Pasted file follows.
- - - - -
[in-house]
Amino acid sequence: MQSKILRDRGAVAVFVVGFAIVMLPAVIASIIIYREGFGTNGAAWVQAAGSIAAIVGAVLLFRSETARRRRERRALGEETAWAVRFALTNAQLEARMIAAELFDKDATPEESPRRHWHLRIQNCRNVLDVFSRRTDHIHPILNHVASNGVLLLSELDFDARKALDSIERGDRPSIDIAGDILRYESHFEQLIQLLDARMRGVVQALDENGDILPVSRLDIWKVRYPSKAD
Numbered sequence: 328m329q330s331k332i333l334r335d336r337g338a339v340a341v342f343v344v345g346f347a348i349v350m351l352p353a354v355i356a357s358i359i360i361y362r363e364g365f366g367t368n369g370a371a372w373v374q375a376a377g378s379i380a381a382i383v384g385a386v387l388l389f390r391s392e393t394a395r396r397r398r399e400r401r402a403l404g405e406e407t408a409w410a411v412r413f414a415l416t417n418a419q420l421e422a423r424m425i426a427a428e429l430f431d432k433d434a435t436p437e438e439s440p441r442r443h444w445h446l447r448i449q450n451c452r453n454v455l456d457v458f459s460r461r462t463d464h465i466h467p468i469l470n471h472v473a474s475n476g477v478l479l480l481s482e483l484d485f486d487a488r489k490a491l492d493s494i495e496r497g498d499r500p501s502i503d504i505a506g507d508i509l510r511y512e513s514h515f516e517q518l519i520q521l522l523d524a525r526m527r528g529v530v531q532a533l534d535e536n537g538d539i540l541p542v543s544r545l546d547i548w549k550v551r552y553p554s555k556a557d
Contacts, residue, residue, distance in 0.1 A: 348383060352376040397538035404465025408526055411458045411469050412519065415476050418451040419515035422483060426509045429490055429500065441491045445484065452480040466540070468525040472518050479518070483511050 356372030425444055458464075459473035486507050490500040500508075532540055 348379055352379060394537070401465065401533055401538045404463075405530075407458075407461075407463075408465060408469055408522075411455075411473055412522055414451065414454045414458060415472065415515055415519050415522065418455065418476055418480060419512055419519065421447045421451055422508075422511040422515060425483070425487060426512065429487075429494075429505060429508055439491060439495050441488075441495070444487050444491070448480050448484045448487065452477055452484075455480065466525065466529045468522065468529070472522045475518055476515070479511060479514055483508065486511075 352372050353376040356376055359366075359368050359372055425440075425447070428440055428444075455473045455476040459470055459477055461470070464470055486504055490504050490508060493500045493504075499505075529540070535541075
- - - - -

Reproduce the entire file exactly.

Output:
[in-house]
Amino acid sequence: MQSKILRDRGAVAVFVVGFAIVMLPAVIASIIIYREGFGTNGAAWVQAAGSIAAIVGAVLLFRSETARRRRERRALGEETAWAVRFALTNAQLEARMIAAELFDKDATPEESPRRHWHLRIQNCRNVLDVFSRRTDHIHPILNHVASNGVLLLSELDFDARKALDSIERGDRPSIDIAGDILRYESHFEQLIQLLDARMRGVVQALDENGDILPVSRLDIWKVRYPSKAD
Numbered sequence: 328m329q330s331k332i333l334r335d336r337g338a339v340a341v342f343v344v345g346f347a348i349v350m351l352p353a354v355i356a357s358i359i360i361y362r363e364g365f366g367t368n369g370a371a372w373v374q375a376a377g378s379i380a381a382i383v384g385a386v387l388l389f390r391s392e393t394a395r396r397r398r399e400r401r402a403l404g405e406e407t408a409w410a411v412r413f414a415l416t417n418a419q420l421e422a423r424m425i426a427a428e429l430f431d432k433d434a435t436p437e438e439s440p441r442r443h444w445h446l447r448i449q450n451c452r453n454v455l456d457v458f459s460r461r462t463d464h465i466h467p468i469l470n471h472v473a474s475n476g477v478l479l480l481s482e483l484d485f486d487a488r489k490a491l492d493s494i495e496r497g498d499r500p501s502i503d504i505a506g507d508i509l510r511y512e513s514h515f516e517q518l519i520q521l522l523d524a525r526m527r528g529v530v531q532a533l534d535e536n537g538d539i540l541p542v543s544r545l546d547i548w549k550v551r552y553p554s555k556a557d
Contacts, residue, residue, distance in 0.1 A: 348383060352376040397538035404465025408526055411458045411469050412519065415476050418451040419515035422483060426509045429490055429500065441491045445484065452480040466540070468525040472518050479518070483511050 356372030425444055458464075459473035486507050490500040500508075532540055 348379055352379060394537070401465065401533055401538045404463075405530075407458075407461075407463075408465060408469055408522075411455075411473055412522055414451065414454045414458060415472065415515055415519050415522065418455065418476055418480060419512055419519065421447045421451055422508075422511040422515060425483070425487060426512065429487075429494075429505060429508055439491060439495050441488075441495070444487050444491070448480050448484045448487065452477055452484075455480065466525065466529045468522065468529070472522045475518055476515070479511060479514055483508065486511075 352372050353376040356376055359366075359368050359372055425440075425447070428440055428444075455473045455476040459470055459477055461470070464470055486504055490504050490508060493500045493504075499505075529540070535541075